Watch this North Dakota councilwoman shut down a room of whining anti-LGBTQ bigots
During the first week of September, Magic City Equality temporarily flew the rainbow flag of the lesbian, gay, bisexual, transgender, queer/questioning community beneath the U.S. flag in front of Minot City Hall, in North Dakota. The action was accompanied by Mayor Shaun Sipma signing a proclamation that June would henceforth be considered Pride Month in Minot. A very nice, symbolic gesture in a state whose Republican Party recently signed a resolution with this medieval-level anti-LGBTQ language: “LGBT practices are unhealthy and dangerous, sometimes endangering or shortening life and sometimes infecting society at large.”
And while the Republican Gov. Doug Burgum denounced his state party’s resolution, the sentiment is clearly still there. Remember, it has been only seven years since North Dakota legislators voted down laws that would protect LBGTQ folk from discrimination in the workplace and housing market. So, when the City of Minot decided to temporarily fly the rainbow flag in recognition of a community in their larger community, there was sure to be dissenters.
On Friday, the city council got to listen to a couple of hours of anti-LGBTQ sentiments from snowflake Dakotans worried that people seeing a rainbow flag and admitting that people with different lifestyles are people too might turn their home in Sodom and Gomorrah. At one point, an older gentleman, with the last name Walker, called out Councilwoman Carrie Evans for seeming to not be particularly interested in listening to the kvetching of a bunch of homophobes. Evans asked the mayor for her five minutes to speak and then gave Minot what it needed to hear.
Evans, for one, while openly lesbian, sort of came out publicly to begin her one minute shut down of the condescending Mr. Walker.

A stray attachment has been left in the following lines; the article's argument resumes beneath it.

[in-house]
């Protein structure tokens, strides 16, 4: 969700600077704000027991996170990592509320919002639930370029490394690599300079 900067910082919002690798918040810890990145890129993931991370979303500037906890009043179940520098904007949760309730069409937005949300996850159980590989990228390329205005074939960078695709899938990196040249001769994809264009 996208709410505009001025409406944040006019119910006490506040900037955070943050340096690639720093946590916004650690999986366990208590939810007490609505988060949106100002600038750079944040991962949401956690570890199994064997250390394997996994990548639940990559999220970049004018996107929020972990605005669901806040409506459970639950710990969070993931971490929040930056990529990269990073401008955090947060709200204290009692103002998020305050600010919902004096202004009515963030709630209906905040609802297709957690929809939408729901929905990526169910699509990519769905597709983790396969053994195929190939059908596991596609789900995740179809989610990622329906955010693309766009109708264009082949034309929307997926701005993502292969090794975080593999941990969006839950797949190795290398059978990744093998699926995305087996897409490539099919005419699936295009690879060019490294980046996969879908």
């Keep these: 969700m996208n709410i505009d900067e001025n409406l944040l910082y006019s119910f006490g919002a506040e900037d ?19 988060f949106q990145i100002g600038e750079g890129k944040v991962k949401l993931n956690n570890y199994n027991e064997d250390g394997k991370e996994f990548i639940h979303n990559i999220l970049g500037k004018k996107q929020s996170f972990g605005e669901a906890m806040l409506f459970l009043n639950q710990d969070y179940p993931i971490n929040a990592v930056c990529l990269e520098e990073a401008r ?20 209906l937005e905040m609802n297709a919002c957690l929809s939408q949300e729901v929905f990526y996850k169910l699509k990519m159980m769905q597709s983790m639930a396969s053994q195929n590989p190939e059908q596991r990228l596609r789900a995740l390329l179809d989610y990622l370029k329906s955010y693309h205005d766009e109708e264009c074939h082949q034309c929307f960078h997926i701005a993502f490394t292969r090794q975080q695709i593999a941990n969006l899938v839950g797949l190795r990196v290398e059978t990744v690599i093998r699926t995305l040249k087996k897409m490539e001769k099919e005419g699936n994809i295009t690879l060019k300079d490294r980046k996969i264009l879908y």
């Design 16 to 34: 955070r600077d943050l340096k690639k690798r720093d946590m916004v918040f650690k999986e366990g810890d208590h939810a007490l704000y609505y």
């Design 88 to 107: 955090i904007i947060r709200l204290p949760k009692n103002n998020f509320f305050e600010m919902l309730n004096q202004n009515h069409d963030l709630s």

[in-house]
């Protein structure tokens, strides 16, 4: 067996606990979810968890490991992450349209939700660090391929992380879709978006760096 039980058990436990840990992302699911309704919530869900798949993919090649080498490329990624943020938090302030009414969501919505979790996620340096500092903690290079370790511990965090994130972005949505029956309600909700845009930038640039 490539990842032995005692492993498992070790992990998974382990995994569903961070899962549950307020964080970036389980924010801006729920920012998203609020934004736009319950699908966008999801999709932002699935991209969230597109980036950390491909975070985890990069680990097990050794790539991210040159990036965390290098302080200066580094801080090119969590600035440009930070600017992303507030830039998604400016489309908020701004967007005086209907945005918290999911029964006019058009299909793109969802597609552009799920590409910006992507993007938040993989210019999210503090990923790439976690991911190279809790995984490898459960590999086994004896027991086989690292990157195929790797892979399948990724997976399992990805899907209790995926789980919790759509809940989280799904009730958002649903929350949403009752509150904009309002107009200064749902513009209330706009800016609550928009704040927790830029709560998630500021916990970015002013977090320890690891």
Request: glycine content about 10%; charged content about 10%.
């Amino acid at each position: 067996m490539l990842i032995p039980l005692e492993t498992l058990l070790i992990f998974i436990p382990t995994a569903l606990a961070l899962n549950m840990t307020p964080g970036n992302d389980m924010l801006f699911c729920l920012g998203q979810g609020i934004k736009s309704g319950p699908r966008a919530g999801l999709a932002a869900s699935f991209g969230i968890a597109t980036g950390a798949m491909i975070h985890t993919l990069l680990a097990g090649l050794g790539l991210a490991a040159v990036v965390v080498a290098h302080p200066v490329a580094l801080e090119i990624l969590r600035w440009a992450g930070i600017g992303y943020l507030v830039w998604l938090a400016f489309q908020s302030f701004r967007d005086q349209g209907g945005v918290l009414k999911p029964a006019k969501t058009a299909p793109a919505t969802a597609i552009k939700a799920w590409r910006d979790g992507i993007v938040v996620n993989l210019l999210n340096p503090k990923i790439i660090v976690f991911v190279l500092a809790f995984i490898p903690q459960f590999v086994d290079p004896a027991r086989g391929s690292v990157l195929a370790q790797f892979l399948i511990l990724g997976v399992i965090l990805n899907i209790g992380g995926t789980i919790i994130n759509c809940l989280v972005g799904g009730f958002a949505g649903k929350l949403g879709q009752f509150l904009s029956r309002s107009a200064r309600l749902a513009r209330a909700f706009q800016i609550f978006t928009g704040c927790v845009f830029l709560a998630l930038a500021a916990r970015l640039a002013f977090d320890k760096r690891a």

CARRIE EVANS: So Mr. Walker if you're not aware, and I think a lot of people in this room are not aware, and have come here just because this is a gay issue, I am proudly the first openly elected lesbian in North Dakota. So that is why I'm not paying any heed to your crap. I am—we the people—I'm the people, I live in Minot. I have [sic] a taxpayer. I am a person. I get to see myself represented on that flagpole. Just as much as the people who got the Juneteenth flag last month. As much as the POW MIAs will get later this month.
Every single person is entitled to see themselves represented. We are not some group of people who live in San Francisco or Seattle. We are here. We are your elected officials. We are your brothers. We are your sisters. And don't tell me you're not hatred and anger, that's all I feel. I've had to listen to it for days now, as has the mayor and many of my colleagues. It is unacceptable. This city is big enough for all of us. Me having a flag flying doesn't take away anything from your rights and freedoms.
But you know what it does for me? It shows me I live in a city that appreciates and embraces me and the people of my community and that I can live here and feel safe. That's what it does. I'm sorry it doesn't make you feel comfortable, but we're here, we're queer, and we're not going away!
Oh boy that feels good. The Minot Daily News reports that while many read scripture in defense of their bigoted stances against flying rainbow flags, there were other Christians like Council member Lisa Olson who supported the Council’s decision on Christian grounds, “As a Christian, that is not what I have been taught. So I don’t feel that I was represented well, this evening, and I just wanted to make that clear.”
It’s worth watching.